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Hamlet [sound recording] / John Marsden ; read by Humphrey Bower.

By: Marsden, John, 1950-.
Contributor(s): Bower, Humphrey.
Material type: materialTypeLabelSoundPublisher: Tullamarine, Victoria : Bolinda Audio, [2014]Copyright date: ℗2009Edition: MP3 edition ; Unabridged.Description: 1 audio disc (MP3 CD) (5 hr.) : digital, stereo ; 12 cm ; in container.Content type: spoken word Media type: audio Carrier type: audio discISBN: 9781486211517.Subject(s): Hamlet (Legendary character) | Shakespeare, William, 1564-1616. Hamlet -- AdaptationsDDC classification: A823.4 Read by Humphrey Bower.Summary: Hamlet's father has just died. By the time they've filled in the grave his mother has remarried. Hamlet suspects foul play, and it's troubling his spirit. Or maybe he was always troubled. Ophelia is in love with him. His best friend Horatio can't work him out. Then, on a cold, still night, Hamlet meets the ghost of his father.
Item type Current location Collection Call number Status Date due Barcode Item reserves
Default Sydenham Library
Talking Book T MP3 MARS Available IA1010210
Total reserves: 0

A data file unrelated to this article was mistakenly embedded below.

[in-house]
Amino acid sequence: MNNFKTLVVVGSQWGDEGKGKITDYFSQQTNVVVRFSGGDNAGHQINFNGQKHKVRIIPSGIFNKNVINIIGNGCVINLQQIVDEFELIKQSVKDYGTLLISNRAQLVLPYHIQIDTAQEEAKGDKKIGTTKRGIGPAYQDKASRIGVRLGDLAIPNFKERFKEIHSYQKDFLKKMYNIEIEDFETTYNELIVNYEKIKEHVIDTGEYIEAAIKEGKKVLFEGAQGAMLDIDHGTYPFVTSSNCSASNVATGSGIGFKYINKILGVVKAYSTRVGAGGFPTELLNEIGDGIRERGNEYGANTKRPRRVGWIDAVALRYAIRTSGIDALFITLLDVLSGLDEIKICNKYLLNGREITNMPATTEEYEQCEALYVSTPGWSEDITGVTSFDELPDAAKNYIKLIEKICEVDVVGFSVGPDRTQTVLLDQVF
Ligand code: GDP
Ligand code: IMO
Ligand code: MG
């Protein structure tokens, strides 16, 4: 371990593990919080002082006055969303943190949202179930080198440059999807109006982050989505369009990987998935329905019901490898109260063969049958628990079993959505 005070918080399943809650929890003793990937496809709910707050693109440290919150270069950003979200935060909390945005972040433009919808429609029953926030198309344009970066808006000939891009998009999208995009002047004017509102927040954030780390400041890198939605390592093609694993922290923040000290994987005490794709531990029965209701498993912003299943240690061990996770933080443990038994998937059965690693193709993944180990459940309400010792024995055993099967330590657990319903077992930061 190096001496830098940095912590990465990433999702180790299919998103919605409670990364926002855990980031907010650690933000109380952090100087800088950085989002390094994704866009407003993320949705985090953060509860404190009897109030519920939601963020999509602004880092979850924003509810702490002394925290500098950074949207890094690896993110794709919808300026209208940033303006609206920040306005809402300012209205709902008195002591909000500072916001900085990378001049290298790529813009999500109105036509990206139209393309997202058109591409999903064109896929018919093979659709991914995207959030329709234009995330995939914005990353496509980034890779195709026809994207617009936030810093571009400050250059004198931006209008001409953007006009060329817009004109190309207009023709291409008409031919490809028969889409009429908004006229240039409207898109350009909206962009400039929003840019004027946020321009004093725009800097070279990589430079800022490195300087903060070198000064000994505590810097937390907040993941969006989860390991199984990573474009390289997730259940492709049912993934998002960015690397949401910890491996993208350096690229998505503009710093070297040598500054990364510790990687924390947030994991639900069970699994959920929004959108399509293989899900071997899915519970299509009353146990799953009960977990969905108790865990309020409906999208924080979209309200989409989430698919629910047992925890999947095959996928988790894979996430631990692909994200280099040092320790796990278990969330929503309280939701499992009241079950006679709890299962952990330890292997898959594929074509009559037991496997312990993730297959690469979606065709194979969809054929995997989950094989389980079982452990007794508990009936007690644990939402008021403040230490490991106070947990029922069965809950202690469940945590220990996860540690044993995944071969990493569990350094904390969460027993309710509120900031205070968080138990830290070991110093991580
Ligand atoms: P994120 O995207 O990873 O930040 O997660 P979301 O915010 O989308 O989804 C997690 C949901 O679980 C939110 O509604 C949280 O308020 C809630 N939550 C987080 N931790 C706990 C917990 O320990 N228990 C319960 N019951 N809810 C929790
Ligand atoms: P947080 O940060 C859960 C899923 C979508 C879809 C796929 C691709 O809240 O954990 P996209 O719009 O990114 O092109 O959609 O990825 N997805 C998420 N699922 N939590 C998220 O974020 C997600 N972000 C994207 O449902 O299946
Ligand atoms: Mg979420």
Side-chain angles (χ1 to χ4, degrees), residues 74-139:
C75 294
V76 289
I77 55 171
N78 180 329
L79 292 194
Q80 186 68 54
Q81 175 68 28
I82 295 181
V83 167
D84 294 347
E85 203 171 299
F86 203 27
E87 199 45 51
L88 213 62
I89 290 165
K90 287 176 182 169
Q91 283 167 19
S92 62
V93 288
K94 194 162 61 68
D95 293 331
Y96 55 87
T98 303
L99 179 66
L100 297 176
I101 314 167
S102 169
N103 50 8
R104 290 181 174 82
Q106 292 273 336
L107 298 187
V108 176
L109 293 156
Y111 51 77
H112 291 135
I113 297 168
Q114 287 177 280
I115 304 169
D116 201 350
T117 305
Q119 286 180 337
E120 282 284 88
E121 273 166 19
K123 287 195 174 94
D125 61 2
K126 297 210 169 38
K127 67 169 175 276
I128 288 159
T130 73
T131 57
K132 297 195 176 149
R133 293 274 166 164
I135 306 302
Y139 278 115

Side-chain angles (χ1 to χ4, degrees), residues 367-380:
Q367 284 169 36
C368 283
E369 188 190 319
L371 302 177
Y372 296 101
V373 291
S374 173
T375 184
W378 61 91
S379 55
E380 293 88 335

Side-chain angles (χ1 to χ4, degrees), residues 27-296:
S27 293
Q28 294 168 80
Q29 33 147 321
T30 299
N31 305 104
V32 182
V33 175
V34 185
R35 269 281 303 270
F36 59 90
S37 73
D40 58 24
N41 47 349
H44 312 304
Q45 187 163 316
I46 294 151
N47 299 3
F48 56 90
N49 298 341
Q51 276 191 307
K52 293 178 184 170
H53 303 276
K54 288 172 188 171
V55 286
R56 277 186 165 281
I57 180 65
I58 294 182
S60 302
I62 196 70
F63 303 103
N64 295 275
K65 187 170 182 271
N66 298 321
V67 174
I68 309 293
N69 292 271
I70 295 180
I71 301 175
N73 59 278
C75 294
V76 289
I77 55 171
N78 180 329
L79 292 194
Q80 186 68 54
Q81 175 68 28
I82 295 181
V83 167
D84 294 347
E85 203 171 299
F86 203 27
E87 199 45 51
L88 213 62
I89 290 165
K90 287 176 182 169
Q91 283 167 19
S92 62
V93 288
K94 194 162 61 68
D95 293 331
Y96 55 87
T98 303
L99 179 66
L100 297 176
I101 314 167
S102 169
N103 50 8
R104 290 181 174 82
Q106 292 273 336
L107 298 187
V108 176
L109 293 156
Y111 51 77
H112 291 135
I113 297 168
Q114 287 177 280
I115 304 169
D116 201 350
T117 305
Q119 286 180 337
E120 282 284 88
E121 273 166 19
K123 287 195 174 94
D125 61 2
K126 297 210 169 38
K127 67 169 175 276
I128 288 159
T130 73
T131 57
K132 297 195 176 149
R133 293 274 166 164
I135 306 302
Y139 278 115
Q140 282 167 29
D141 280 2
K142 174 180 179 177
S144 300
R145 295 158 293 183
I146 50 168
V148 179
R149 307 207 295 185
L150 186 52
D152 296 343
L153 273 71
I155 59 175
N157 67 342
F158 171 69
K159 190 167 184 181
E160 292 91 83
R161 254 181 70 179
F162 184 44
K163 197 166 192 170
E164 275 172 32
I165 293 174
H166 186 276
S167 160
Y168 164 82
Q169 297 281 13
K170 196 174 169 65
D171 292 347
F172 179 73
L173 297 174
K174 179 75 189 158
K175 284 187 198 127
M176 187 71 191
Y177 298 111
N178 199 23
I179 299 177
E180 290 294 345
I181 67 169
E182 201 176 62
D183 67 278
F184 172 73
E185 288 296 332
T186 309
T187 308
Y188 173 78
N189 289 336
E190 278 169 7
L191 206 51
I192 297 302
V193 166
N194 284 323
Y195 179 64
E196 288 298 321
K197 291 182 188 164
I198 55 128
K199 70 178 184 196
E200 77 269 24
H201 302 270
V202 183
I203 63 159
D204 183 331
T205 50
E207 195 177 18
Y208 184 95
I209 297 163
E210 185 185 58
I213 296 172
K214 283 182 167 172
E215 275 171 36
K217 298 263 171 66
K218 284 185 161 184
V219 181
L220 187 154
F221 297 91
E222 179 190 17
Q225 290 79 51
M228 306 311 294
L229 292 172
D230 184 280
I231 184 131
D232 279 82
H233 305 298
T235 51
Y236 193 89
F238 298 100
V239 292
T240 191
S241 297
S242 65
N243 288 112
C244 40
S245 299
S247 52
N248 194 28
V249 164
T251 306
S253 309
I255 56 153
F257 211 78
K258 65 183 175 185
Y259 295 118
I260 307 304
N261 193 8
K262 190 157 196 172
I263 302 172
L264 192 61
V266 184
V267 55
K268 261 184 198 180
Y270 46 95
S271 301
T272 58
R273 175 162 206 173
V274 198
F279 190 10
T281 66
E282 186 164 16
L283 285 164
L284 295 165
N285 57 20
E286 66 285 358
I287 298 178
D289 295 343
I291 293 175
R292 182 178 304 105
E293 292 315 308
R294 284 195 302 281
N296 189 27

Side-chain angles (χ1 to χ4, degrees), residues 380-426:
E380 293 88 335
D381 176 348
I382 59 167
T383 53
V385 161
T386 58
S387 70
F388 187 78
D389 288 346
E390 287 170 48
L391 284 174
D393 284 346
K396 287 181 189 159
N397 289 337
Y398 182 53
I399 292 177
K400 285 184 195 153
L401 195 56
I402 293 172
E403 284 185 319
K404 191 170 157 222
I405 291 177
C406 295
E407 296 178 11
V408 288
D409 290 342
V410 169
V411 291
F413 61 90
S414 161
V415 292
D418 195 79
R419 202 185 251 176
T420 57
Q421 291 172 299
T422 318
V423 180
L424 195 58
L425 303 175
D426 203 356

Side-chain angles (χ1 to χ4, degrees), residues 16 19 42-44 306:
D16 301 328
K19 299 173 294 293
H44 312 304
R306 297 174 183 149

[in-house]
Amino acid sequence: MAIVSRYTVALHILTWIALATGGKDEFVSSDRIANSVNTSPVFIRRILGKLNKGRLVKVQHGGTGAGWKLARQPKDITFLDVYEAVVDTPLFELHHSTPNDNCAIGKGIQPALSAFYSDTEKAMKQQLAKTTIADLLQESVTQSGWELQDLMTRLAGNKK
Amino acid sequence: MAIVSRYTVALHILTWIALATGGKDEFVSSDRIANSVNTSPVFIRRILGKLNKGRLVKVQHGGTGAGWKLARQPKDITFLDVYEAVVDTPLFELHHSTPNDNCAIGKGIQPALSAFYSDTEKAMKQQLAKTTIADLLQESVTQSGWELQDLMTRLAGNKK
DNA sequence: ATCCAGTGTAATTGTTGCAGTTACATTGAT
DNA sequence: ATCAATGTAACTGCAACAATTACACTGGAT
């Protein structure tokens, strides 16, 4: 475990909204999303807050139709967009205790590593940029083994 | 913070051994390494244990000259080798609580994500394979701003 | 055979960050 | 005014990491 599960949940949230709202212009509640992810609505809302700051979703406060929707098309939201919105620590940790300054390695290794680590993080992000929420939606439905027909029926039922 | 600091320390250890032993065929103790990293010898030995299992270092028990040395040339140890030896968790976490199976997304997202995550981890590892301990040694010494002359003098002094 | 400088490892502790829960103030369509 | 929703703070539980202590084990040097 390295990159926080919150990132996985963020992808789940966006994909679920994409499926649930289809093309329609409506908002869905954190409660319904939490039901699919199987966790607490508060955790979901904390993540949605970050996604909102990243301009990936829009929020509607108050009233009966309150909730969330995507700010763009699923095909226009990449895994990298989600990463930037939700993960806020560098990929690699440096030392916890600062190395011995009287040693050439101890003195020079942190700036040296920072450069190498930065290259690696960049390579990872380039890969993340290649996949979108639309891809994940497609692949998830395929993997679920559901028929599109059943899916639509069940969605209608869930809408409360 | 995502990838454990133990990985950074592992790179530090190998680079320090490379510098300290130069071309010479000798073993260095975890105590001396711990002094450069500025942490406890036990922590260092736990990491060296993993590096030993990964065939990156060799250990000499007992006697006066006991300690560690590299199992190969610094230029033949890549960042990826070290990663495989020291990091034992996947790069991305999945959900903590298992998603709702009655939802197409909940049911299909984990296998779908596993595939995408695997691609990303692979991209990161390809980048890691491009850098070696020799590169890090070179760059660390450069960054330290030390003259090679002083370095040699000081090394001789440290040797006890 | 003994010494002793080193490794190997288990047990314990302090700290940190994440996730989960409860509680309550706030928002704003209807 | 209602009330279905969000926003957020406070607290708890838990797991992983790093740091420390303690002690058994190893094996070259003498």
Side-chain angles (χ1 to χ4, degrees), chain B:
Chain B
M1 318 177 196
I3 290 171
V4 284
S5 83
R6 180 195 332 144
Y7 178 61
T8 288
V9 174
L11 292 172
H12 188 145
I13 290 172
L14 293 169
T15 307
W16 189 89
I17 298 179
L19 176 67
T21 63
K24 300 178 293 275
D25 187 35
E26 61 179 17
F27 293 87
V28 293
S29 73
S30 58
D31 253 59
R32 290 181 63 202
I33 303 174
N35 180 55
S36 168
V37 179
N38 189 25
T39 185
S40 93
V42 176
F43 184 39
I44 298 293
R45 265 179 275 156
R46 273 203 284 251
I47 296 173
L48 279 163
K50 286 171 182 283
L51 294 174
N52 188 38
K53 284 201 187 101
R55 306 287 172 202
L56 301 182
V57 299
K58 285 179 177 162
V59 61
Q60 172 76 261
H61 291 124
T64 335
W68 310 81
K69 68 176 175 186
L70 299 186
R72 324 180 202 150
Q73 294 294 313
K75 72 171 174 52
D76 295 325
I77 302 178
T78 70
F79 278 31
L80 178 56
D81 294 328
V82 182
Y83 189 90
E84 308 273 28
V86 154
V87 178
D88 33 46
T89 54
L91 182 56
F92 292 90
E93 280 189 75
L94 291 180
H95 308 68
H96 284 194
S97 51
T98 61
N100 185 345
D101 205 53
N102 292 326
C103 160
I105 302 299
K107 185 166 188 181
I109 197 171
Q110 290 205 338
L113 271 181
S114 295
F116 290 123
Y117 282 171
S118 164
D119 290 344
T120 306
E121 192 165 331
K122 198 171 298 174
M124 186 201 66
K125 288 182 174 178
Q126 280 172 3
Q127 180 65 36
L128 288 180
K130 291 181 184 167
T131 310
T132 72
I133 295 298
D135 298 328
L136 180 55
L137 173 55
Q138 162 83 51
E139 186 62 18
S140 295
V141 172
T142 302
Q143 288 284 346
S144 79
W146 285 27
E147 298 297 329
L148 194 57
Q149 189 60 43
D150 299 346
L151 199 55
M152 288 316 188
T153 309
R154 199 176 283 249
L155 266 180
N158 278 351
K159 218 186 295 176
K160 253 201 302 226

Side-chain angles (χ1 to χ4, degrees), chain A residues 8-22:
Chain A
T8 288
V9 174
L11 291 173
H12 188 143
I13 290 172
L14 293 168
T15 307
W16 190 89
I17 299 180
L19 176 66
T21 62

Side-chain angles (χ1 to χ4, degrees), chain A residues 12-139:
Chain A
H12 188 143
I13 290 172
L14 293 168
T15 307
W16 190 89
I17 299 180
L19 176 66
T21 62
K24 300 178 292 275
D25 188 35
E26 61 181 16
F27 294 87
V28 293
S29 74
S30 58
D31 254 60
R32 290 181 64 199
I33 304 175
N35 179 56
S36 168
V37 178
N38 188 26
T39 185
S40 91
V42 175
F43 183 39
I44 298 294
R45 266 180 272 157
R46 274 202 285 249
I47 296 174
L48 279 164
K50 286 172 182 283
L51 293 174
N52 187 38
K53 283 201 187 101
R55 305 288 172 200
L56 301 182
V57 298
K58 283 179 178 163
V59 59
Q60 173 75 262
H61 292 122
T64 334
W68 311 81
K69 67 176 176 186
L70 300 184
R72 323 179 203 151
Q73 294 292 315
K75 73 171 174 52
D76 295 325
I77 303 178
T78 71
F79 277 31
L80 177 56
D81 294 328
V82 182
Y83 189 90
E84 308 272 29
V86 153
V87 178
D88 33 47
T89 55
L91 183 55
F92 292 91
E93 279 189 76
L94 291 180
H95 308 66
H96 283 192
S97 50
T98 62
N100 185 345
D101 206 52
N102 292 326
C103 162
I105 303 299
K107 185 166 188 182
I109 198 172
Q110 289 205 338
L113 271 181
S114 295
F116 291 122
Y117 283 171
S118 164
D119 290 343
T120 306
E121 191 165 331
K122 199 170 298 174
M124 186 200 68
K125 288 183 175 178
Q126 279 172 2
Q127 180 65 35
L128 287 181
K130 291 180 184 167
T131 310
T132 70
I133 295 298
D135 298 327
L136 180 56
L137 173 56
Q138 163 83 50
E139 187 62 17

Read by Humphrey Bower.

Hamlet's father has just died. By the time they've filled in the grave his mother has remarried. Hamlet suspects foul play, and it's troubling his spirit. Or maybe he was always troubled. Ophelia is in love with him. His best friend Horatio can't work him out. Then, on a cold, still night, Hamlet meets the ghost of his father.

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Reviews provided by Syndetics

Library Journal Review

Baz Luhrmann's Romeo + Juliet meets Rebel Without a Cause. Hamlet is one mad prince. Not even his desire for his childhood friend Ophelia can quell his lust to avenge his father's murder. As Hamlet's frustration mounts, the body count climbs, and things get more and more rotten in the state of Denmark. Why It Is for Us: Marsden amps up the sexual tension at Elsinore. The Danish prince is a hottie in black denim and the star of Ophelia's sweaty fantasies. It will not take a Freudian scholar to catch the Oedipal overtones in Hamlet's relationship with his adulterous mother, Gertrude.-Angelina Benedetti, King Cty. Lib. Syst., WA (c) Copyright 2010. Library Journals LLC, a wholly owned subsidiary of Media Source, Inc. No redistribution permitted.